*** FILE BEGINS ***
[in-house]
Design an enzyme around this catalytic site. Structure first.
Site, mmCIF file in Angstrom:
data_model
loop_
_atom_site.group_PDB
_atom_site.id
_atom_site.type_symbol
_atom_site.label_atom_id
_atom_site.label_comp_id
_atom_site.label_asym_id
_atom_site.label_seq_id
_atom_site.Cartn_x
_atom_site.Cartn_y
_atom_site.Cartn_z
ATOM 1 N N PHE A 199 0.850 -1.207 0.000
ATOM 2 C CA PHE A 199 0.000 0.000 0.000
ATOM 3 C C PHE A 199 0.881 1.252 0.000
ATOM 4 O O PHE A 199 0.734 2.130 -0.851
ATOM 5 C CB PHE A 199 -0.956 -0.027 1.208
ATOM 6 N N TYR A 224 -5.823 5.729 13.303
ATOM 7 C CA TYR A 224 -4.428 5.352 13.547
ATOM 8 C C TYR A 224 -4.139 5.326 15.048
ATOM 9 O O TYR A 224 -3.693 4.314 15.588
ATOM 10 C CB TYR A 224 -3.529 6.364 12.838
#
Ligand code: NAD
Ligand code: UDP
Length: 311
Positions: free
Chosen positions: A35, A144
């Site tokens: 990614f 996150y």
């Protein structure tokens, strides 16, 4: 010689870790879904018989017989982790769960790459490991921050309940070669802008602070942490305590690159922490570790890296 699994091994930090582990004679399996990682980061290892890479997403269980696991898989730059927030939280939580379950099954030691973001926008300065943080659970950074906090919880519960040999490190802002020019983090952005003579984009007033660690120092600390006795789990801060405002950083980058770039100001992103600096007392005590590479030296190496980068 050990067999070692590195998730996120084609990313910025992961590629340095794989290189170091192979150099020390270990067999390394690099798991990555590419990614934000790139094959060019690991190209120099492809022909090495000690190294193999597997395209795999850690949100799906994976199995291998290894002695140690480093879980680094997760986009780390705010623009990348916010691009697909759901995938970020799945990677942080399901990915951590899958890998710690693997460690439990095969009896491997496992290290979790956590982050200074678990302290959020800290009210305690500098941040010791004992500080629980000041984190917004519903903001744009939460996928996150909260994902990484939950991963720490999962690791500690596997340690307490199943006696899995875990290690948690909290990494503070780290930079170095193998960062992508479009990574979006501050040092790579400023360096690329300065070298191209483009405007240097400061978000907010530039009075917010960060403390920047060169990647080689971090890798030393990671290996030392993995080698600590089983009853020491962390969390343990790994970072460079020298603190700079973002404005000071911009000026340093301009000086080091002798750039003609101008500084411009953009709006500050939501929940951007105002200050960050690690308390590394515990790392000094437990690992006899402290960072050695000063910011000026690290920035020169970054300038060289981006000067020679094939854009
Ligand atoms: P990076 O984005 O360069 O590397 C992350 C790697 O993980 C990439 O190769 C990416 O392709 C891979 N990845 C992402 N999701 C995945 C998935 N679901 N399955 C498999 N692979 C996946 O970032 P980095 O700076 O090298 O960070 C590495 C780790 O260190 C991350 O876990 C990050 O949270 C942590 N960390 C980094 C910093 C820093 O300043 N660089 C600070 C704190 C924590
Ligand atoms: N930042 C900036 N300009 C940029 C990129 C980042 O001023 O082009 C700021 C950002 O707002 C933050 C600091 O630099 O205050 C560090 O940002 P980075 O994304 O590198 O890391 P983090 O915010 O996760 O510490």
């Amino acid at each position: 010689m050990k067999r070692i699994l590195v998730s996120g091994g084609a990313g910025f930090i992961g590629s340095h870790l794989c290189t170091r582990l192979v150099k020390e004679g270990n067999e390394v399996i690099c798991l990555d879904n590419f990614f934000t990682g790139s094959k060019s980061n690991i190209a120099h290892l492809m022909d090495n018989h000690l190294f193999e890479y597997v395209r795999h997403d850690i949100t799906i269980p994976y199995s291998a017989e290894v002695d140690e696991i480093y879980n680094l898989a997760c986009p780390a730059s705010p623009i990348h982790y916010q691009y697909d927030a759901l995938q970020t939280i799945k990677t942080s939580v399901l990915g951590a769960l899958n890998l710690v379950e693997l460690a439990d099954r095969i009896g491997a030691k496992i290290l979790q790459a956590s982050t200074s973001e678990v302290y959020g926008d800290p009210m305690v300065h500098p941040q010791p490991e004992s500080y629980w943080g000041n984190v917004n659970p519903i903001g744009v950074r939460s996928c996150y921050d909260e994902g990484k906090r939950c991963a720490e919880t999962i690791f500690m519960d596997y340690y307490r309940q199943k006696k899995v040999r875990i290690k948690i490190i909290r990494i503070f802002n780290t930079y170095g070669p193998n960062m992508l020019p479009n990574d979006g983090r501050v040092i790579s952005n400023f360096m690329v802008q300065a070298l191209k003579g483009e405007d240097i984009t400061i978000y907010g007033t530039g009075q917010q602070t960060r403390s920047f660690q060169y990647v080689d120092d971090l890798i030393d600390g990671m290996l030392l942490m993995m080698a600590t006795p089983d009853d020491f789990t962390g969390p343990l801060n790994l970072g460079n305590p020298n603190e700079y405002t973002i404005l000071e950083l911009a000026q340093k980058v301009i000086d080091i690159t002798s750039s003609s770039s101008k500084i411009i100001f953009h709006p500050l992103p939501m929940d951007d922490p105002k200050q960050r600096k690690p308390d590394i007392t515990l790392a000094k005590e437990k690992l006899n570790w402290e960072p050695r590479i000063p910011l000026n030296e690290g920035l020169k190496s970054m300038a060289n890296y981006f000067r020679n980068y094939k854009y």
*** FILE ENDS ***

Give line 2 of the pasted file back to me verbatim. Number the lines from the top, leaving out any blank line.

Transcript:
Design an enzyme around this catalytic site. Structure first.